As time moves forward, and the Lord tarries, the more and more “open-mindedness” is increasing. People these days can talk themselves out of anything. They can run through rabbit trails to justify anything and everything, leaving all rational reasoning behind. And the Church is certainly not exempt from this. But the Lord has been dealing with me in the area of principality. The definition of principle is a fundamental truth or proposition that serves as the foundation for a system of belief or behavior or a chain of reasoning.
I tend to be a wordsmith and an amateur at that. But, I digress. The definition states that it is a fundamental truth or proposition that serves as the foundation of a system. Obviously, it says that, you just read it. But that is the portion of the definition I love. FUNDAMENTAL TRUTH. Fundamental is “of central importance.” Can you see where I am going with this?
Many people today like to say “well, I feel…” and then you can insert anything at the end of that sentence that has anything to do with a difference of opinion. Let me give an example. “I don’t feel like I need to go to church to be a good person” or “I don’t feel like God cares about the way I look on the outside.” I literally can not handle a sentence that begins with “I feel” or “I don’t feel.” The problem in those sentences is I. That leads to a very narrow and narcissistic view on anything that would follow. What it comes down to, the things of God are not contingent on how I feel about them. They aren’t contingent on my feelings, my thoughts, my opinions or how well it fits into my agenda. They aren’t contingent on my loved one’s status with God (saved, not saved, believer, atheist.) But what the things of God are contingent on is principle.
As of late, I have heard many Apostolic’s and former Apostolic’s using these sentences. I’ve watched many leave the faith over things that they couldn’t feel this way or that way over. Or they feel that certain things aren’t necessary anymore, even though a couple of years ago the preached them. They use excuses like, the Bible doesn’t say that in black and white. Or, God won’t send me to hell over not wearing a skirt. Or, the Bible doesn’t say you have to wear skirts, everyone wore dresses back then.
The list goes on and on. But it’s time to keep the main thing the main thing. People can ask every question, foolish questions, sincere questions, and at times, the answers aren’t always comfortable. “Can I go to heaven if I don’t get baptized?” That isn’t a comfortable question. “Why did God take my child?” That is a very uncomfortable question. To answer either of those, you would have to base your answer on principle. Consider the following verse.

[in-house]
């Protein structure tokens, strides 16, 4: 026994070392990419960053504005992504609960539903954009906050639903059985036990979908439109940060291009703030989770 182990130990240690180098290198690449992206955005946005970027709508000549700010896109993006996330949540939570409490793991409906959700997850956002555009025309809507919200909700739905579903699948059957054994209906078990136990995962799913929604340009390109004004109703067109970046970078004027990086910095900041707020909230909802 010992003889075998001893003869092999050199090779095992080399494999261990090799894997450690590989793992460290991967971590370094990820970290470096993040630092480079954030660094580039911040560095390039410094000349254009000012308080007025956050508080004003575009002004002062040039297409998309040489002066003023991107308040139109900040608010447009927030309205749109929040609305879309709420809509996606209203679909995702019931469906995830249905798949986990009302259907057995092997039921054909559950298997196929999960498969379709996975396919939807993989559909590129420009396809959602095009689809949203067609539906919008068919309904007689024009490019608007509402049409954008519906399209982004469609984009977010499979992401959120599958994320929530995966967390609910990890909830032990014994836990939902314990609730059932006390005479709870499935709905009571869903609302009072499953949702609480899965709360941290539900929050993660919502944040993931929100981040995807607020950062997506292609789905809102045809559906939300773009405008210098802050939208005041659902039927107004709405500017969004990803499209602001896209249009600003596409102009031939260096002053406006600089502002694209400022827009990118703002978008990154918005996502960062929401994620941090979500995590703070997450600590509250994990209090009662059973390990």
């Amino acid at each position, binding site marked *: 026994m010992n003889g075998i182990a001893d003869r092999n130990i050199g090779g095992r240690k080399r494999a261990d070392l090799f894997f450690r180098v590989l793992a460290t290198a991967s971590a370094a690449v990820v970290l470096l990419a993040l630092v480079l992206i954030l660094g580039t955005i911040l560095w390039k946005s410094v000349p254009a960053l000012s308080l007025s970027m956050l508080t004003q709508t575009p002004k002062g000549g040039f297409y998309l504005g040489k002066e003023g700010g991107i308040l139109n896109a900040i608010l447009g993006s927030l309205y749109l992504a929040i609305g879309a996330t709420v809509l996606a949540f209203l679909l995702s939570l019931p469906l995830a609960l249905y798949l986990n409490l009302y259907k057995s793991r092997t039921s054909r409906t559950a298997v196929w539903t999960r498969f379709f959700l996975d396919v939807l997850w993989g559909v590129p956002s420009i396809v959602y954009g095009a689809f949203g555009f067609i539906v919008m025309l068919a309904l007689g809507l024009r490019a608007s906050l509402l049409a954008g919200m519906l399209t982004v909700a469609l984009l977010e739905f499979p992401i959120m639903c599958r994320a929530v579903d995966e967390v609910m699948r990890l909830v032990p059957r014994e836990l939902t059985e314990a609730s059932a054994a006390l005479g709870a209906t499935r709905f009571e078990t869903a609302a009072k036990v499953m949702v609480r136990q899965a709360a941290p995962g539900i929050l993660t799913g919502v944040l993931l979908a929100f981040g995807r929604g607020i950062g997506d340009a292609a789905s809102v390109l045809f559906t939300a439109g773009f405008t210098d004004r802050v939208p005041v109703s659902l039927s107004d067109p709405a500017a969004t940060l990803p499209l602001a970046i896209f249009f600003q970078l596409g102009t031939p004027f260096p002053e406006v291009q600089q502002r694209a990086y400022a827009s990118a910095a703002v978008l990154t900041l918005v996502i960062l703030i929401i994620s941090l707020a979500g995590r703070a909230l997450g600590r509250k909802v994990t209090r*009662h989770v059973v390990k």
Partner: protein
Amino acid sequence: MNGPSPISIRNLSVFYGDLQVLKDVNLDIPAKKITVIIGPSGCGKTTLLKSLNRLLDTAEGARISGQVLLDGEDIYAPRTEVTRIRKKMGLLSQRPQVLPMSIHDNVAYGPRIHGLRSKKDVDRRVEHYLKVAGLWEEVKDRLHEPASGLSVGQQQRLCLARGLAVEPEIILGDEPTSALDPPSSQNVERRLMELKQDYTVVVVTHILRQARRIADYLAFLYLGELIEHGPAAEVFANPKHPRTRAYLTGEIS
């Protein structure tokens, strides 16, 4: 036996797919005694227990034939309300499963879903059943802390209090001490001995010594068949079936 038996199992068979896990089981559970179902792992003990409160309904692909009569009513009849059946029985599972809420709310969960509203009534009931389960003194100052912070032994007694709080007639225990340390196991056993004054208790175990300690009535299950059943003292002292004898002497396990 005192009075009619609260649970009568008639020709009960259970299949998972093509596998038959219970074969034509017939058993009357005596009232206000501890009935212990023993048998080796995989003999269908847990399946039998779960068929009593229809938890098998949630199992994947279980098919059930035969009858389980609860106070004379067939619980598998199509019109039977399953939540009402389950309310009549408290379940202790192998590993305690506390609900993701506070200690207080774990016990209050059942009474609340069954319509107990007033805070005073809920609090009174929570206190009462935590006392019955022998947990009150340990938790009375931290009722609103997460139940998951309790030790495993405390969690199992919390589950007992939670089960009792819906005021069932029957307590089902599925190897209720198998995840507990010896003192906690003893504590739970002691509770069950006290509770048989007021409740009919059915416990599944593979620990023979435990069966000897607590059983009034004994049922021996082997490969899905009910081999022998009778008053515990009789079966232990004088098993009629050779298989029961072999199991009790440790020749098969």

Isaiah 28:10 – For precept must be upon precept, precept upon precept; line upon line, line upon line; here a little, and there a little:
A precept is a general rule intended to regulate behavior or thought. Other words for precept are command, ordinance, oracle, injunction.
We are given precepts and lines all over the Word of God. Here is an example: The Bible does not say that you can’t smoke Camel cigarettes. But as Christians, Apostolic ones at least, we believe smoking cigarettes is wrong. Why? The Bible doesn’t say its wrong. Well, you are correct, but it does say that our body is a temple of the Holy Ghost and that it doesn’t even belong to me (1 Corinthians 6:19.) So the precept is that our body belongs to God and is a temple of the Holy Ghost, and the line is that I don’t damage my body with cigarettes. God gives the precept, and He gives us the power and authority to draw the line, and He HONORS the line.
Consider Moses. He had to go up Mt. Sinai to get the commandments from God, and God told him to draw a barrier so that the people wouldn’t follow him up the mountain.
Exodus 19:23 – And Moses said unto the LORD, The people cannot come up to mount Sinai: for thou chargedst us, saying, Set bounds about the mount, and sanctify it.
God told Moses to draw bounds (lines). God did not tell Moses where to draw the lines, He just told him to draw them. So Moses did. And God honored those lines. That’s the same way for us. We are His servants.
Lines aren’t placed to keep people in, they are placed to keep the enemy out. Lines aren’t placed to hinder people, or to keep us from “living life,” they are placed to keep up set apart and unblemished from this world. It is up to the pastor to place lines, that has been God’s fundamental truth since the beginning. When you don’t understand the importance of precepts and lines, and how they are unmovable, then you will be easily swayed by the voices of this world and the enemy. Draw your lines, and keep those lines! Because God is.